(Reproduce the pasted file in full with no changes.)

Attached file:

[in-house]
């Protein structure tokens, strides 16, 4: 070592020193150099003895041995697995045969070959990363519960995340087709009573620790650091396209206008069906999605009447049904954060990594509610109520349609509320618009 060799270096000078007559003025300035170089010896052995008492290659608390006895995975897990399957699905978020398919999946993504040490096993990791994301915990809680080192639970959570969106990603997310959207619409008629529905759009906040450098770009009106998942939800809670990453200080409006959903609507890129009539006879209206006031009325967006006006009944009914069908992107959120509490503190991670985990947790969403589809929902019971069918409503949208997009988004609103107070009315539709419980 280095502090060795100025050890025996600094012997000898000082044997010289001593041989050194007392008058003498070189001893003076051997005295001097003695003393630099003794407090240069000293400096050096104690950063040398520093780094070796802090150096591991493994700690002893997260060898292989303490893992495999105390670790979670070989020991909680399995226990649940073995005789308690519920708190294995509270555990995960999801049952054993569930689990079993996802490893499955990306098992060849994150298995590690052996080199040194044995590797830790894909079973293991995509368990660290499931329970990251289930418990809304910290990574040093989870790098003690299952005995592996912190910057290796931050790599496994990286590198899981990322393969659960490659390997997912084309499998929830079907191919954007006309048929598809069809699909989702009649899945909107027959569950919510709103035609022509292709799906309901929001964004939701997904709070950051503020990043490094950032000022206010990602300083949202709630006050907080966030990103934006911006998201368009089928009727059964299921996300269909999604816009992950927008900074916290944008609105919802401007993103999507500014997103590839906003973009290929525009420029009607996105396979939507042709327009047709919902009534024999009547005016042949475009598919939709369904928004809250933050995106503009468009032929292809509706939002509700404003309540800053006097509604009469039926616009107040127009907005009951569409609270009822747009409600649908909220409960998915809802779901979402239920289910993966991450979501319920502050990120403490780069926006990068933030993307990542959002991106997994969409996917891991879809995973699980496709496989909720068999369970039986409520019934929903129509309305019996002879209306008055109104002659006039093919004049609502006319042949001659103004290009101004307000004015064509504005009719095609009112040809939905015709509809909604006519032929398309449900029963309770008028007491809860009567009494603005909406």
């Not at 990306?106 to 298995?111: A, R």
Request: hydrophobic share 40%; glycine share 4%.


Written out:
[in-house]
């Protein structure tokens, strides 16, 4: 070592020193150099003895041995697995045969070959990363519960995340087709009573620790650091396209206008069906999605009447049904954060990594509610109520349609509320618009 060799270096000078007559003025300035170089010896052995008492290659608390006895995975897990399957699905978020398919999946993504040490096993990791994301915990809680080192639970959570969106990603997310959207619409008629529905759009906040450098770009009106998942939800809670990453200080409006959903609507890129009539006879209206006031009325967006006006009944009914069908992107959120509490503190991670985990947790969403589809929902019971069918409503949208997009988004609103107070009315539709419980 280095502090060795100025050890025996600094012997000898000082044997010289001593041989050194007392008058003498070189001893003076051997005295001097003695003393630099003794407090240069000293400096050096104690950063040398520093780094070796802090150096591991493994700690002893997260060898292989303490893992495999105390670790979670070989020991909680399995226990649940073995005789308690519920708190294995509270555990995960999801049952054993569930689990079993996802490893499955990306098992060849994150298995590690052996080199040194044995590797830790894909079973293991995509368990660290499931329970990251289930418990809304910290990574040093989870790098003690299952005995592996912190910057290796931050790599496994990286590198899981990322393969659960490659390997997912084309499998929830079907191919954007006309048929598809069809699909989702009649899945909107027959569950919510709103035609022509292709799906309901929001964004939701997904709070950051503020990043490094950032000022206010990602300083949202709630006050907080966030990103934006911006998201368009089928009727059964299921996300269909999604816009992950927008900074916290944008609105919802401007993103999507500014997103590839906003973009290929525009420029009607996105396979939507042709327009047709919902009534024999009547005016042949475009598919939709369904928004809250933050995106503009468009032929292809509706939002509700404003309540800053006097509604009469039926616009107040127009907005009951569409609270009822747009409600649908909220409960998915809802779901979402239920289910993966991450979501319920502050990120403490780069926006990068933030993307990542959002991106997994969409996917891991879809995973699980496709496989909720068999369970039986409520019934929903129509309305019996002879209306008055109104002659006039093919004049609502006319042949001659103004290009101004307000004015064509504005009719095609009112040809939905015709509809909604006519032929398309449900029963309770008028007491809860009567009494603005909406």
């Not at 990306?106 to 298995?111: A, R």
Request: hydrophobic share 40%; glycine share 4%.